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When explaining to someone what mechatronics is, I ususally end up stating that it is synonymous with robotics. While I think it is mostly true, are there any subtle differences between the two?

The obligatory google search suggested that robotics is a subset of mechatronics involving autonomy. I'm not sure I completely agree. Is there any qualifier that would for sure separate a system into one or the other? Or is it just a different label?

I've also noticed some schools will have a robotics undergraduate degree but mechatronics graduate degree. Does this make any difference?

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Mechatronics is a reaction to the fact that one can not design good next gen products without knowing both the electronical and mechanical realms. Having kickass electronics can not overcome a bad mechanical design. Conversely a badly done electrical system can not control the mechanical part so that you gain benefits over traditional mechanical engineering. This is not to say you can not have specialists, but the overal design needs people with a broader view.

There are two or possibly three schools of mechatronics engineers. Some are electrical engineers, and some are mechanical enginers or possibly control enginers. So the fact that somebody is a mechatronics engineer tells quite little of what their education entails.

Now robotics is quite clearly a subfield of mechatronics because mechatronics includes all kinds of things that arent entirely robotic in nature. Things like active vibration damping, electroactuated hydraulics, and many industrial automation things fall into this category.

So Robotics is just more specific moniker. Its still not very specific but more specific.

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I don't think that they are fundamentally that different. Possibly mechatronics would lean more towards industrial automation in a process and manufacturing type context whereas robotics implies more of an experimental and product design type approach ie robotics is product and mechatronics is plant.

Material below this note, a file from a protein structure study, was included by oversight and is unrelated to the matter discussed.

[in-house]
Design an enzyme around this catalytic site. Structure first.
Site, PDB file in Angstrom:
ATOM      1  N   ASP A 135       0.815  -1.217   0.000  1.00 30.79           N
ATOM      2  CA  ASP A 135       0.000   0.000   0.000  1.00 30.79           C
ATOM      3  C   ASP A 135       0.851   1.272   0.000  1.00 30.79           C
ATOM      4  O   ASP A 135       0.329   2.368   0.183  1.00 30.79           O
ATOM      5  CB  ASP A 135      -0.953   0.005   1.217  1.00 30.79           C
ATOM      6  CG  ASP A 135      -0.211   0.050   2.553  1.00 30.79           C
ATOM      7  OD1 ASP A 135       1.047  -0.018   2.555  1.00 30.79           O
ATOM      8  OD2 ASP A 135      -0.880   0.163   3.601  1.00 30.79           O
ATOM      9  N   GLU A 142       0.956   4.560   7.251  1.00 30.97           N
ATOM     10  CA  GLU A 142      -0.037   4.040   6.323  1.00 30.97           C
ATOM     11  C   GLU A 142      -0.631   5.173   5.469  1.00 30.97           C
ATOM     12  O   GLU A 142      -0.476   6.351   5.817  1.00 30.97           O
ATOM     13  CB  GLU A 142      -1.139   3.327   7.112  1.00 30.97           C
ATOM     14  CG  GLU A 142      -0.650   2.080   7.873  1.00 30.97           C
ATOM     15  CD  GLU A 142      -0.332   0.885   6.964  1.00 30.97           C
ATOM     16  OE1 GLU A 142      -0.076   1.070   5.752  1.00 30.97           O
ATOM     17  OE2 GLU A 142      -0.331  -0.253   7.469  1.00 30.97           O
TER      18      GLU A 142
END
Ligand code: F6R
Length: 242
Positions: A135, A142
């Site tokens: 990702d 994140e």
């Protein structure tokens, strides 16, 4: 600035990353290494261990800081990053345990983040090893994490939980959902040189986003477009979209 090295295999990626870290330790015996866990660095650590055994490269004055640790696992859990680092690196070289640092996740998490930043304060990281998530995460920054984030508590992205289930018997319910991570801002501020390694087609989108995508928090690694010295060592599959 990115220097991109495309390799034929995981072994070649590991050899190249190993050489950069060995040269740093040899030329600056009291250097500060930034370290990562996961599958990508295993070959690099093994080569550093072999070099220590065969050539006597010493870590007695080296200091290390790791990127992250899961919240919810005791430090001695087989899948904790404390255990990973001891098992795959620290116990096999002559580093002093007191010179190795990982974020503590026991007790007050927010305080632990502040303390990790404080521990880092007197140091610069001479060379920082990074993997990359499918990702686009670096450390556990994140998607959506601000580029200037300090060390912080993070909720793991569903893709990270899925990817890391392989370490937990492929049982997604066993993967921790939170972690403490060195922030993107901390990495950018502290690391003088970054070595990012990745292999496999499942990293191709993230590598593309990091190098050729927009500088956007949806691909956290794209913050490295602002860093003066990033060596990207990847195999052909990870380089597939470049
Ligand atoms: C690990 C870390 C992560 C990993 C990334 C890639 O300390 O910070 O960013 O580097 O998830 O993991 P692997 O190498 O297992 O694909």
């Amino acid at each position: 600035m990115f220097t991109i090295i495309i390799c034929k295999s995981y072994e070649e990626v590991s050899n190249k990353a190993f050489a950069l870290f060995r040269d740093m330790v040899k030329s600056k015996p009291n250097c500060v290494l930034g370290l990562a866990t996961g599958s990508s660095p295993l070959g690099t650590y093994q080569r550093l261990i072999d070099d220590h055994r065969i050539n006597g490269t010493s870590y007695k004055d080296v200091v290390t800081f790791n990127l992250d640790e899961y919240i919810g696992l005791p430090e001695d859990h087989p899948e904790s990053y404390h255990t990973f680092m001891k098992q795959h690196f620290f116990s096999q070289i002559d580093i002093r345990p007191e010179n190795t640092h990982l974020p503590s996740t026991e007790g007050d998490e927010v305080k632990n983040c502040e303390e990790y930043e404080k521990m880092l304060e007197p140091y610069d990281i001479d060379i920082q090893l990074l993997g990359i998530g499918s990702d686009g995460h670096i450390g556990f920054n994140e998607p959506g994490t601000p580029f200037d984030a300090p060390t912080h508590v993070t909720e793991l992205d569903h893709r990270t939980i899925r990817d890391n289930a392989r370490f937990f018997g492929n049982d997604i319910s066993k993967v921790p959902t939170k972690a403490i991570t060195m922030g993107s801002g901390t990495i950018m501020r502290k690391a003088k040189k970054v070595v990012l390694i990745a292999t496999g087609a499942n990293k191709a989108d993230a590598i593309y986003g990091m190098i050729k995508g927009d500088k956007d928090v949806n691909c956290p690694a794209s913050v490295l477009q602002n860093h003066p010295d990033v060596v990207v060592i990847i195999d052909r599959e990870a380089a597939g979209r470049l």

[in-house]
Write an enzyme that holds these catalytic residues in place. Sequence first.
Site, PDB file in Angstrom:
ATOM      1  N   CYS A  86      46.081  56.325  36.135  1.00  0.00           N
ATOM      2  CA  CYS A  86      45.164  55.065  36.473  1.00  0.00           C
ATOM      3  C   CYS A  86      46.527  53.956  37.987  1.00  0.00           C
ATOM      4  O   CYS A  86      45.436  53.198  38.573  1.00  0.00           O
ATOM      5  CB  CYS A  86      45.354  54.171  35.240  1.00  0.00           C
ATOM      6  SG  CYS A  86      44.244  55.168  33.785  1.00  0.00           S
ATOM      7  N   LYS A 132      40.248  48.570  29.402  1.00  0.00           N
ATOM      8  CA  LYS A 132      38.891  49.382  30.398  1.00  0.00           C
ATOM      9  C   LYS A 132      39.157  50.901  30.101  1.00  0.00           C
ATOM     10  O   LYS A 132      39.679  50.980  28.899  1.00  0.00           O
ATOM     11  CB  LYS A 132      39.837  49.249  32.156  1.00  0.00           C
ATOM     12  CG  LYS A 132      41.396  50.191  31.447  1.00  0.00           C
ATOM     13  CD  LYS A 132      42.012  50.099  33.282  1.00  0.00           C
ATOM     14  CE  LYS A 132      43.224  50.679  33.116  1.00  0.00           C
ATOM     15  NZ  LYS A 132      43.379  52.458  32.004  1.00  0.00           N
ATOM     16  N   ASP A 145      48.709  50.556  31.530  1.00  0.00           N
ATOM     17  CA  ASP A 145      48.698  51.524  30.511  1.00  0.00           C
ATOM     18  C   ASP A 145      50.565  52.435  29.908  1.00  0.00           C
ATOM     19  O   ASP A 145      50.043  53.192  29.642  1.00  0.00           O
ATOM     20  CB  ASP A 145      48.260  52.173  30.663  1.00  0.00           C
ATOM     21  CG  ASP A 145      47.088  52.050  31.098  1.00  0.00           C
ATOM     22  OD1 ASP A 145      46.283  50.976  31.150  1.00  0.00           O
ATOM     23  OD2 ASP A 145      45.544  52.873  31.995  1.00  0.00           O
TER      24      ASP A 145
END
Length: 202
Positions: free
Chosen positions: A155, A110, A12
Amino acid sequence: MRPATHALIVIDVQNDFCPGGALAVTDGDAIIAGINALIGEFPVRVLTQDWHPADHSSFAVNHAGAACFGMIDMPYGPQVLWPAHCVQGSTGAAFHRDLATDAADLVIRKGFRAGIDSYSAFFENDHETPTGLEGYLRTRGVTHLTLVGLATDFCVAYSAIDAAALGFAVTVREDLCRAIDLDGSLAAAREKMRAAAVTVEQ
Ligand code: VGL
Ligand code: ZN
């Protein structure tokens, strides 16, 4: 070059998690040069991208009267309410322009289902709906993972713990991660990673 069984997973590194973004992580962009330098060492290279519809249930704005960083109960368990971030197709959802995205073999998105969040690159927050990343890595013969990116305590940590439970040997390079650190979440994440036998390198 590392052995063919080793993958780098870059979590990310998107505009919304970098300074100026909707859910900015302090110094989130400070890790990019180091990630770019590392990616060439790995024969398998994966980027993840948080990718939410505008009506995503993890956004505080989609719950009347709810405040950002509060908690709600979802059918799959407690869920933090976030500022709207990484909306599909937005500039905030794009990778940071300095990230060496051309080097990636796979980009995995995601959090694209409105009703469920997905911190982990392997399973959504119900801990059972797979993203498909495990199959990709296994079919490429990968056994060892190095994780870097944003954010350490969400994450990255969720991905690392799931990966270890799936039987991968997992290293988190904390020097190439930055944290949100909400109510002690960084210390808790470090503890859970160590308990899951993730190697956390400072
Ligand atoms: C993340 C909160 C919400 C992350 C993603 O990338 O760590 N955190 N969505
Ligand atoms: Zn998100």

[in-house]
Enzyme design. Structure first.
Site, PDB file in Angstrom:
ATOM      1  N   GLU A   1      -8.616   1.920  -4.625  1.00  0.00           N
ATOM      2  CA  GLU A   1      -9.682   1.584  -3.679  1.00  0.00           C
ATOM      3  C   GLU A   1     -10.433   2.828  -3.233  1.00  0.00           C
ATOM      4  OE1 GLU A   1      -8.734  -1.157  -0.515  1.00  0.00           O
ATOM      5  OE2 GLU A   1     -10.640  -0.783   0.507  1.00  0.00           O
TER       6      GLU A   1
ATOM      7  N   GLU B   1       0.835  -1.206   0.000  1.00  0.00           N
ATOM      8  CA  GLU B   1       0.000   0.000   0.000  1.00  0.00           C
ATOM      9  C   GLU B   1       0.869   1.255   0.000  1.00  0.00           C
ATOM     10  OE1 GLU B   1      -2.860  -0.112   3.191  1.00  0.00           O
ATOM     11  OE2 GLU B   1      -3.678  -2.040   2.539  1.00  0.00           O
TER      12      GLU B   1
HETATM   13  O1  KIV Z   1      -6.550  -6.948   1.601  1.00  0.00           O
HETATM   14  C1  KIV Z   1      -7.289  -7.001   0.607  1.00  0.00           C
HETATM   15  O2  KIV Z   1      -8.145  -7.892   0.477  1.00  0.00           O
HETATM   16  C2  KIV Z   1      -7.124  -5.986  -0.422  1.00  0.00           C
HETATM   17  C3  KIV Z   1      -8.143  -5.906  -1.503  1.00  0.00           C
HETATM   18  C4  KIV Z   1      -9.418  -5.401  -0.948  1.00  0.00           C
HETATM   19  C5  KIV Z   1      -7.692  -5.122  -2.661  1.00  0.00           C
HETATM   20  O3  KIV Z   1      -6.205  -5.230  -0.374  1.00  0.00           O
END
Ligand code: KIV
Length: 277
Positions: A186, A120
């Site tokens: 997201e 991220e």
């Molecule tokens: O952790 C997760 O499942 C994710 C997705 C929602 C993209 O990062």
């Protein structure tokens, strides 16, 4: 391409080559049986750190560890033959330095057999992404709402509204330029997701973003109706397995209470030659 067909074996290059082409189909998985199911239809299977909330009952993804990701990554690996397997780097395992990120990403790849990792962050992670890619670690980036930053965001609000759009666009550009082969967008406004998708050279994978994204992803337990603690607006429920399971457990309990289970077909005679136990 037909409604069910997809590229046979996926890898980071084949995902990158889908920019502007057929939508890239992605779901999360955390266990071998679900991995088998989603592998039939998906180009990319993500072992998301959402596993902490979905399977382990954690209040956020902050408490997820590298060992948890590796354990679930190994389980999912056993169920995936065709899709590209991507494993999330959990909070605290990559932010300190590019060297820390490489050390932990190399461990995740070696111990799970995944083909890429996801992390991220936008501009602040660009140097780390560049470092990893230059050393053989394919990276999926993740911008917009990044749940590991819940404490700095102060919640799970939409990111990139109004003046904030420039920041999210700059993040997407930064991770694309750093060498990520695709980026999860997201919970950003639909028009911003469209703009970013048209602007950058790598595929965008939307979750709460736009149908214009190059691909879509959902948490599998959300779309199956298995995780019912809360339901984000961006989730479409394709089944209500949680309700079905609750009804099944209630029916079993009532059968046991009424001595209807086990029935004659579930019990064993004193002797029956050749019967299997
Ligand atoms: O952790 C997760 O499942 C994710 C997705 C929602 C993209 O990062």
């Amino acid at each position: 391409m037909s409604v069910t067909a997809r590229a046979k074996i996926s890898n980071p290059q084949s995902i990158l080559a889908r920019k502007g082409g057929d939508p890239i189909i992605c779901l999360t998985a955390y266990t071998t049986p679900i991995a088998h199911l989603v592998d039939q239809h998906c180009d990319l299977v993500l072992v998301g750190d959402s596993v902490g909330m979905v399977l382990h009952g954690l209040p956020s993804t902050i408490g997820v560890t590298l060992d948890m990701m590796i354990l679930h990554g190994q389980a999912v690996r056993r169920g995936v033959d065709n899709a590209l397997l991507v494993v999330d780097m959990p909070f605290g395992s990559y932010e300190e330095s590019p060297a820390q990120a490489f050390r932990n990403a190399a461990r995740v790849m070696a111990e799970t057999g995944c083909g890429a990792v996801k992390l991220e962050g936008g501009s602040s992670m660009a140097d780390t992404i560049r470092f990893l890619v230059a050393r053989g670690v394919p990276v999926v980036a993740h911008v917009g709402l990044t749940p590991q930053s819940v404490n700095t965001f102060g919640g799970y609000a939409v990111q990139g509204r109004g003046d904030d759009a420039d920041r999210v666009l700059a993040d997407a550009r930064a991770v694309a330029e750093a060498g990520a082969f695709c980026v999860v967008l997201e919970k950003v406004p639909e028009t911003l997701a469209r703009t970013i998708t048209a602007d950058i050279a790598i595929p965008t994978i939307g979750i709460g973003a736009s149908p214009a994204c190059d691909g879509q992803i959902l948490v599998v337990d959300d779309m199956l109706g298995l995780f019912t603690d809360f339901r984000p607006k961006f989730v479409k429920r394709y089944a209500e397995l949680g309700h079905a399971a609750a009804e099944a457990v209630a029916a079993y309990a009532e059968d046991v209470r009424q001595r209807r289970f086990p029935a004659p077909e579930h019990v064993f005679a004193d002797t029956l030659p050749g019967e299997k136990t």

Similarly robotics tends to imply a more self contained and packaged system and also has some implication that its function is analogous in some way to the form of a human of animal, perhaps also including autonomous or remotely controlled vehicles.

In the context of an undergraduate degree the basic syllabus is likely to be fairly similar although you might expect a small difference in the focus on application and the background of the academic staff.

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According to the course "The Mechatronics Revolution: Fundamentals and Core Concepts" from Georgia Tech:

Robotics is a large multidisciplinary field including topics such as

  • Computer Vision

  • Path Planning

  • Mechanical Design

  • Controls

  • Dynamics

  • Human Robot Interface

  • Mechatronics

Mechatronics could be viewed as a component of robotics, an integral part of the overall field of robotics that deals with hardware-software integration. The implementation of robotics systems can't really be accomplished without some type of mechatronics components. [...]

While robots rely on mechatronic devices in some form to operate, it's important to also understand that not all mechatronic devices are robots. So even though robot robotic systems require mechatronics, not all mechatronic devices would be considered a robot.

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